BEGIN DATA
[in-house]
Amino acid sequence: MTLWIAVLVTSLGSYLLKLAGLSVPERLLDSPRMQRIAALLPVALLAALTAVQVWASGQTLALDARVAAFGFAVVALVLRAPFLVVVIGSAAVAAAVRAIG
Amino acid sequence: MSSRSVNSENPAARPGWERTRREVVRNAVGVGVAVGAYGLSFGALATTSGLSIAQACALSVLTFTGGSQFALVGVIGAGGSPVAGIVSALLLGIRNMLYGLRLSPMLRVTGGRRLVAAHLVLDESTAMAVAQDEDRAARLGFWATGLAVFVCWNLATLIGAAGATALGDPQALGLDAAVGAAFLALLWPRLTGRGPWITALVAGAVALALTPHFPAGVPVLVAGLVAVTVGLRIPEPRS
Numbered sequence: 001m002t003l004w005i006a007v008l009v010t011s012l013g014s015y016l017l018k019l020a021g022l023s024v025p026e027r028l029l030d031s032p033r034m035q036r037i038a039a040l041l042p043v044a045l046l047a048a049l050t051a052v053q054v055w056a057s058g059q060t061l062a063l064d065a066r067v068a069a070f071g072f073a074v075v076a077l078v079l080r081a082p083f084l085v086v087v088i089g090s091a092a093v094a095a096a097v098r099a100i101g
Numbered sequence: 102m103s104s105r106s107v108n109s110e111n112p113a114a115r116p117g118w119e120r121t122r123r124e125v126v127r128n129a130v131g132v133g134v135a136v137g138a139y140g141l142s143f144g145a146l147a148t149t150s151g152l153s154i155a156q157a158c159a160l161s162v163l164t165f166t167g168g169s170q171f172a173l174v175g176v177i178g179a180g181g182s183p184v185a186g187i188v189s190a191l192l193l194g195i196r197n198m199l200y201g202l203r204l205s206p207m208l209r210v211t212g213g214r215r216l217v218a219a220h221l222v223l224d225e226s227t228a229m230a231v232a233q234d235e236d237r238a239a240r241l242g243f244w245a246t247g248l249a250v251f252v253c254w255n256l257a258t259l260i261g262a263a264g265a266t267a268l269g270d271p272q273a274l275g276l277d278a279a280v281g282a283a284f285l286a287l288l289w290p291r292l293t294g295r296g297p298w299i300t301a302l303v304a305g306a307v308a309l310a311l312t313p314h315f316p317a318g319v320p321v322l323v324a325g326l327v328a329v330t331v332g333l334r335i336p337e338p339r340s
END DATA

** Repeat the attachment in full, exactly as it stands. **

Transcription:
[in-house]
Amino acid sequence: MTLWIAVLVTSLGSYLLKLAGLSVPERLLDSPRMQRIAALLPVALLAALTAVQVWASGQTLALDARVAAFGFAVVALVLRAPFLVVVIGSAAVAAAVRAIG
Amino acid sequence: MSSRSVNSENPAARPGWERTRREVVRNAVGVGVAVGAYGLSFGALATTSGLSIAQACALSVLTFTGGSQFALVGVIGAGGSPVAGIVSALLLGIRNMLYGLRLSPMLRVTGGRRLVAAHLVLDESTAMAVAQDEDRAARLGFWATGLAVFVCWNLATLIGAAGATALGDPQALGLDAAVGAAFLALLWPRLTGRGPWITALVAGAVALALTPHFPAGVPVLVAGLVAVTVGLRIPEPRS
Numbered sequence: 001m002t003l004w005i006a007v008l009v010t011s012l013g014s015y016l017l018k019l020a021g022l023s024v025p026e027r028l029l030d031s032p033r034m035q036r037i038a039a040l041l042p043v044a045l046l047a048a049l050t051a052v053q054v055w056a057s058g059q060t061l062a063l064d065a066r067v068a069a070f071g072f073a074v075v076a077l078v079l080r081a082p083f084l085v086v087v088i089g090s091a092a093v094a095a096a097v098r099a100i101g
Numbered sequence: 102m103s104s105r106s107v108n109s110e111n112p113a114a115r116p117g118w119e120r121t122r123r124e125v126v127r128n129a130v131g132v133g134v135a136v137g138a139y140g141l142s143f144g145a146l147a148t149t150s151g152l153s154i155a156q157a158c159a160l161s162v163l164t165f166t167g168g169s170q171f172a173l174v175g176v177i178g179a180g181g182s183p184v185a186g187i188v189s190a191l192l193l194g195i196r197n198m199l200y201g202l203r204l205s206p207m208l209r210v211t212g213g214r215r216l217v218a219a220h221l222v223l224d225e226s227t228a229m230a231v232a233q234d235e236d237r238a239a240r241l242g243f244w245a246t247g248l249a250v251f252v253c254w255n256l257a258t259l260i261g262a263a264g265a266t267a268l269g270d271p272q273a274l275g276l277d278a279a280v281g282a283a284f285l286a287l288l289w290p291r292l293t294g295r296g297p298w299i300t301a302l303v304a305g306a307v308a309l310a311l312t313p314h315f316p317a318g319v320p321v322l323v324a325g326l327v328a329v330t331v332g333l334r335i336p337e338p339r340s